by Andrea Chilcote
It’s my belief that we are all here on this earth to use our gifts in some purposeful way; I think a lot of other people believe that too.Many of my clients seem to be seeking purposefulness, either with clear intentionality or in a haphazard, unsettled sort of way. In the past weeks, I’ve helped people from age 19 to 59 consider potential and desired life paths, including identifying jobs that both fulfill them and meet their overall needs.
It’s a fact that people who are in careers that allow them to use and build upon their unique talents are more productive and the organization more successful.* And, when we look objectively at our lives overall, our potential for purpose and contribution is driven by far more than our formal work.
So I’ve been asking myself (throughout my life but especially lately), “Why are so many people unfulfilled?” As if in answer, I was reminded of a common mind-trap. It’s the condition of longing for what we say we want, in the midst of its apparent absence, while all along it’s right there under our noses, present in our lives.
The first lesson came from a personal insight I had during my morning hike in the desert. I’m no different than my clients – or you – I have a sometimes insatiable need to be doing work that “matters” in some big way. Rationally, I know my work matters each and every day. But I often rate and rank it in my mind, measuring and comparing size and scope.
Today as I reflected on the work of this past week, I finally got it. The things I do that feel most purposeful to me are often the small or ancillary things that help people get through their day (or life) a little more easily. I do hundreds of those things in any given week, and they matter.
Later that day I got validation of this insight during a call with a client. In the past year she’s been through an exhausting career move, one she agreed to for many good reasons yet not without distress over the decision. Among the many concerns was “purpose.” Would she be able to contribute in this new role and impact peoples’ lives to the extent she desired?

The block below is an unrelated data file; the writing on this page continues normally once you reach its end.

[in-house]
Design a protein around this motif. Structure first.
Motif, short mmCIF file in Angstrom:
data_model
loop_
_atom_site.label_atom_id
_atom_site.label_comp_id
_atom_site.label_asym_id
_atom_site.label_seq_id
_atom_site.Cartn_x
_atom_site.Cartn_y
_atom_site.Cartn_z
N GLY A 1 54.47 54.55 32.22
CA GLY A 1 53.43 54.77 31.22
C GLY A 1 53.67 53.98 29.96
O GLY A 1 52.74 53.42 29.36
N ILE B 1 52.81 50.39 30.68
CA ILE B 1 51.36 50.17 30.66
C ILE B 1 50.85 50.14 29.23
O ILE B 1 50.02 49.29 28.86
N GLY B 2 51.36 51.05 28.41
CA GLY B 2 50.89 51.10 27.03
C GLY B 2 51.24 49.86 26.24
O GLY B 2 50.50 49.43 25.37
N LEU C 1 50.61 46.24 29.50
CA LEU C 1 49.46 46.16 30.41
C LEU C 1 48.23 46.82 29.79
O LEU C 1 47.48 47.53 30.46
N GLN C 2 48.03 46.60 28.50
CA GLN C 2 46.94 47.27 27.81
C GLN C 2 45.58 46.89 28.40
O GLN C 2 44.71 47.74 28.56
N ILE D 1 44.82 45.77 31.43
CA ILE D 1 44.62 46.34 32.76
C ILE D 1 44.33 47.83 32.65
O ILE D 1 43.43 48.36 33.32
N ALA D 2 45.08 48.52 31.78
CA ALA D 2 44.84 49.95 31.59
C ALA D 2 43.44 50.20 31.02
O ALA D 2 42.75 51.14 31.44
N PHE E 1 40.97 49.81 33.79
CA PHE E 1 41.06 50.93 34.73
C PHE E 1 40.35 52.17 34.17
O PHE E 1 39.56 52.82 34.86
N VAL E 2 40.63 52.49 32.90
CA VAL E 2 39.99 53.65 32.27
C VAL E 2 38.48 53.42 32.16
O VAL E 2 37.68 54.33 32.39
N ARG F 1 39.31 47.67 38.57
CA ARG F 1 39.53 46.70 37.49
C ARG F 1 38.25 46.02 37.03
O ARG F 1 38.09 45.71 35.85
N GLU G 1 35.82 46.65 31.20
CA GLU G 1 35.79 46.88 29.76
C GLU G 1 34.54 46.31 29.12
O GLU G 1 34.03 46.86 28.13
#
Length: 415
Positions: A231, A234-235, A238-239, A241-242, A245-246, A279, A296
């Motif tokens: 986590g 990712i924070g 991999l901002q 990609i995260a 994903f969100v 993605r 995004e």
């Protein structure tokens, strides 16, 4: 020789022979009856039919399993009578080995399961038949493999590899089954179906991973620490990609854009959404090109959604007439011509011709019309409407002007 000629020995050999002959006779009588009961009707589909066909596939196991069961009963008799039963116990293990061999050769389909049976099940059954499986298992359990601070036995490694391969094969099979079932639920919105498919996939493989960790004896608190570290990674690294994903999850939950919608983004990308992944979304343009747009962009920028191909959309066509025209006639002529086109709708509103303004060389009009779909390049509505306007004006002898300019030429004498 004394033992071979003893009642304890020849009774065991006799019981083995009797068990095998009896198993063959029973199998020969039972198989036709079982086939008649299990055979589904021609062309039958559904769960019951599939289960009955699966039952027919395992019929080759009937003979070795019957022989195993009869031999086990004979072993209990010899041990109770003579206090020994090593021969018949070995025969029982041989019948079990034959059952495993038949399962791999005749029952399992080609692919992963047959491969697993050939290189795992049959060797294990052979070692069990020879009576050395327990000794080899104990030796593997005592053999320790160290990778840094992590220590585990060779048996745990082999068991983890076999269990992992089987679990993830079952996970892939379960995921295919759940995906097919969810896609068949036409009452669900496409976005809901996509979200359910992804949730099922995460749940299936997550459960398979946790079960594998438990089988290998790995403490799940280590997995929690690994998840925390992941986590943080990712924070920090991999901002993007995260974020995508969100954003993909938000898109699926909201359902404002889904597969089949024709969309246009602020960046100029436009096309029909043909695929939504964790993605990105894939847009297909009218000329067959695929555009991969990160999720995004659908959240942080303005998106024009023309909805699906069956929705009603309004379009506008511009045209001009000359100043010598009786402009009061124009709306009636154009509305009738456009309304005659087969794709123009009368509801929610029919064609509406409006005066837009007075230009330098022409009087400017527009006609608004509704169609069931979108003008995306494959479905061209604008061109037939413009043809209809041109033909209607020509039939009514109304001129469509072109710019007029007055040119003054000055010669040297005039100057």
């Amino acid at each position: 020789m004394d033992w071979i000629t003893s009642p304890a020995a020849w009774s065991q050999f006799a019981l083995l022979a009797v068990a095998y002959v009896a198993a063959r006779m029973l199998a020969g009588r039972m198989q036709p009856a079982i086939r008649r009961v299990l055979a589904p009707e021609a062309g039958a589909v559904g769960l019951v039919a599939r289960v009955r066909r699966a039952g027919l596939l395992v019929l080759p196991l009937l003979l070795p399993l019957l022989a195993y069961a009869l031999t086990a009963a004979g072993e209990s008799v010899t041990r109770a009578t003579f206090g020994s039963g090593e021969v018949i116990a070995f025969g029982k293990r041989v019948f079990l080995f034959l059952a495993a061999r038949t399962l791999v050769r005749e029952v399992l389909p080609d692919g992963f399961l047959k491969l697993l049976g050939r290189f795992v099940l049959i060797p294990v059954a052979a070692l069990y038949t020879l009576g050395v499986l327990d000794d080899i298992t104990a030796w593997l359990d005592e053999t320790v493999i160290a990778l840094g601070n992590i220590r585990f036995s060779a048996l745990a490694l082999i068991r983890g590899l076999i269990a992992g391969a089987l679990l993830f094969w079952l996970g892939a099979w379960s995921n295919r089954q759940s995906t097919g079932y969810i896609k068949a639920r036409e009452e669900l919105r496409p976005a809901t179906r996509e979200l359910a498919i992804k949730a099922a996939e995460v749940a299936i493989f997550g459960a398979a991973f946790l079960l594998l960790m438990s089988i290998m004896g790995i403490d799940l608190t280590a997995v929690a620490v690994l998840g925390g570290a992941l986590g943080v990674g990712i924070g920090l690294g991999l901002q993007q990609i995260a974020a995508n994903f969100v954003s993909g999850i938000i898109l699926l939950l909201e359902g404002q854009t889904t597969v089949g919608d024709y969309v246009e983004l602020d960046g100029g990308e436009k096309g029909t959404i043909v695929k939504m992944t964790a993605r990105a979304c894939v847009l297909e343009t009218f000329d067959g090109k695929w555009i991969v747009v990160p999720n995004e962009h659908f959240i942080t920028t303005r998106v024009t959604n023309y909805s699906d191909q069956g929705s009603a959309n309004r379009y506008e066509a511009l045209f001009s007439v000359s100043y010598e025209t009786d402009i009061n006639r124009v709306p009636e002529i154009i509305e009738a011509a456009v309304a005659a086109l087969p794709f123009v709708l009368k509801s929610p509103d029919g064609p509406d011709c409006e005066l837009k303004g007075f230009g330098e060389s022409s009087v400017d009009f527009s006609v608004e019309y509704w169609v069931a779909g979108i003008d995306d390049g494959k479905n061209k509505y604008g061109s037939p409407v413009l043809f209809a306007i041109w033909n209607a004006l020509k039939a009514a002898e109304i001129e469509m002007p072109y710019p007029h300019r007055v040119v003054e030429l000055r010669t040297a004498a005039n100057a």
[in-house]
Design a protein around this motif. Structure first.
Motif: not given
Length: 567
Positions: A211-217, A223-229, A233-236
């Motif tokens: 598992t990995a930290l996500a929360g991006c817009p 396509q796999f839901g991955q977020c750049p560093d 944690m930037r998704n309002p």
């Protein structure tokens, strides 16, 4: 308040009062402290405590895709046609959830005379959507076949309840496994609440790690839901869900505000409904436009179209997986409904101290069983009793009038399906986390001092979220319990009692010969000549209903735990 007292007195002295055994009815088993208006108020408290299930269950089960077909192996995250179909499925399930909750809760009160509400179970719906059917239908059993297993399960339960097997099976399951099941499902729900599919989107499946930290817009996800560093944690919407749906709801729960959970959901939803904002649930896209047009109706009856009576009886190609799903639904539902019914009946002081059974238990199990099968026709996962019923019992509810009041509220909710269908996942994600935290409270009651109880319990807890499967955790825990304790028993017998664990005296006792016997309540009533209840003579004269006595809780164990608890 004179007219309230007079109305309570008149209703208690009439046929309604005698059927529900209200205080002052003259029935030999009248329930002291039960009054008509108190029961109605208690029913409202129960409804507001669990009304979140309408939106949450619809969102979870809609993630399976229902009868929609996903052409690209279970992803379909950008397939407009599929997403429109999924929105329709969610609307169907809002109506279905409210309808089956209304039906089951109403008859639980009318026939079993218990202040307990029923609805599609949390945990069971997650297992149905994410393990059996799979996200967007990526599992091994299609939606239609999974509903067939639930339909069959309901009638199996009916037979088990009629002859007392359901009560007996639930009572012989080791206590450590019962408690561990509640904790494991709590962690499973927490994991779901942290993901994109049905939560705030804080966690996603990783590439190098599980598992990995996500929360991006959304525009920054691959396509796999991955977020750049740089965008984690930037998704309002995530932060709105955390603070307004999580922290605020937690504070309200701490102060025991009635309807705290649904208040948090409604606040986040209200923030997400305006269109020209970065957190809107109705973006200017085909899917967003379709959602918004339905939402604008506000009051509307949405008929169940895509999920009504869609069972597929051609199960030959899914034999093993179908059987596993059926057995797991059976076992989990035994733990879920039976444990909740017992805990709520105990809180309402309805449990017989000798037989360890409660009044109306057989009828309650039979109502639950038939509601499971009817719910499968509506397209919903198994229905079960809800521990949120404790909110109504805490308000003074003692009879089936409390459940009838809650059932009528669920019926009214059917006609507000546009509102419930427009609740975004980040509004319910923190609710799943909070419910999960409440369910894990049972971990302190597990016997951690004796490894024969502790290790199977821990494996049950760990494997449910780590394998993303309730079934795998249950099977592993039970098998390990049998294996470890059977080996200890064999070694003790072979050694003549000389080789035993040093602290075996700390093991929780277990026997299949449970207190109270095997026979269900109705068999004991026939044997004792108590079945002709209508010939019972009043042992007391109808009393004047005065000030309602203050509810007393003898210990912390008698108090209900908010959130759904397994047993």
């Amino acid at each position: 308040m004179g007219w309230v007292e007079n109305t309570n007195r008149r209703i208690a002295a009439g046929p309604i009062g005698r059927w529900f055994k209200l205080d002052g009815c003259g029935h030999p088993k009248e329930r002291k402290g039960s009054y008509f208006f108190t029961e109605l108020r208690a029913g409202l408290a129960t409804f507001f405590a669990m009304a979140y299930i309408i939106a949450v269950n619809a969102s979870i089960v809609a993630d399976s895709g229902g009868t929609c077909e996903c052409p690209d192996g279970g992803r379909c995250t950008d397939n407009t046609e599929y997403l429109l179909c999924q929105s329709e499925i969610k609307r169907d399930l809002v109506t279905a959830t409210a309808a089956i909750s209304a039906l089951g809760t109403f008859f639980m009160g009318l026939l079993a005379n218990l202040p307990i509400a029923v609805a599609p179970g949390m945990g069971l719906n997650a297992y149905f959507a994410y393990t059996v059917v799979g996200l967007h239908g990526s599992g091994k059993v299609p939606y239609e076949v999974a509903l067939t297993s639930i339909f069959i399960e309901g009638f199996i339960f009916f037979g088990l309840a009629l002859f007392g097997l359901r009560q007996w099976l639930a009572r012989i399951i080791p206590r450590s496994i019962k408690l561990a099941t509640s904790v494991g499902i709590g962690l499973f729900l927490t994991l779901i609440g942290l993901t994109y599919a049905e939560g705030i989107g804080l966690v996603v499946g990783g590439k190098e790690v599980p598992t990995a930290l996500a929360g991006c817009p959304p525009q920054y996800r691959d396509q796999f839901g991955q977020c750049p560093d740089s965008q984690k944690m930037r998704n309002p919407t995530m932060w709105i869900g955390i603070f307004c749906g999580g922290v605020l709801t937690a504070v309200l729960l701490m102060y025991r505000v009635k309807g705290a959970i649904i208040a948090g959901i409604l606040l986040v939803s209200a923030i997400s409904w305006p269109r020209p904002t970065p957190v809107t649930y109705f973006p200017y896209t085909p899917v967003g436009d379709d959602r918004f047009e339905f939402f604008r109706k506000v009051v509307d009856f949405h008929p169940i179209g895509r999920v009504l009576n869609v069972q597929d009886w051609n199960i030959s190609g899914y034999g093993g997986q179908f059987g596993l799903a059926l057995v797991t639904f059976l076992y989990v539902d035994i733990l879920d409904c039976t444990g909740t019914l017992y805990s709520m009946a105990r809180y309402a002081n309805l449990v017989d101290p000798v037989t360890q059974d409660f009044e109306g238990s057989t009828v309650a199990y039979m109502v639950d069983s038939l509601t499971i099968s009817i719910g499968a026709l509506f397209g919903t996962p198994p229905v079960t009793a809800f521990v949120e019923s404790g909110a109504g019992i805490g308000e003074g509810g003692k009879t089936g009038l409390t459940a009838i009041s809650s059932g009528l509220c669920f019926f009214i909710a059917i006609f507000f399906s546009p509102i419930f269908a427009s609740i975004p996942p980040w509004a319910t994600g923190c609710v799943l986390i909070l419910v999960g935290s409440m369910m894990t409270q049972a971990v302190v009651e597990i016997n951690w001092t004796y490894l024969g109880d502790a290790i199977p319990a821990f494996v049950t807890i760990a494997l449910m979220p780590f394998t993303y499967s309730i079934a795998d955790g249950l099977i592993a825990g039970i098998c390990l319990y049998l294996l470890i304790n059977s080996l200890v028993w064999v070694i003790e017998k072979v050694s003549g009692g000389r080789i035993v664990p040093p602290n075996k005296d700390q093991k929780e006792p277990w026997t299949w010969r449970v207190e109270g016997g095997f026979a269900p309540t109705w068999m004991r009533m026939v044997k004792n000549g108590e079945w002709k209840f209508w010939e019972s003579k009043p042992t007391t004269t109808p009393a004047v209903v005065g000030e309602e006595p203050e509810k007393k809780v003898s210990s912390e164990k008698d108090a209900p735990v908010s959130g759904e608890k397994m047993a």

On our call she told me a story that confirmed (to her) she had made the right choice. She told me of an employee whose life she touched with a simple act of kindness. It turned out that this employee died suddenly after that event, though not before he had shared that kindness with many others. It turns out my client “influenced” the actions of countless people, though she had not even been aware of it.
Now, she is finally satisfied that she made the right choice, the right move. Her action was not a requirement of her role, not contained in her official job description – but it was clearly an expression of her purpose as a leader in that organization.
If I ever go looking for my heart’s desire again, I won’t look any further than my own backyard. – Dorothy, The Wizard of OZ
What if your “purpose” was playing out each day, right in your own backyard? You’ve always had the power, my dear. You’ve had it all along. – Glinda, the good witch
*In what’s become a classic measure of employee engagement in the workplace, Gallup’s surveys asks employees to indicate whether: “At work, I have the opportunity to do what I do best every day.”
In his powerful book Drive, Daniel Pink asserts that “purpose” is one of three core elements at the heart of human motivation, and that no “carrots or sticks, however appealing or frightening can hold a candle to these core elements.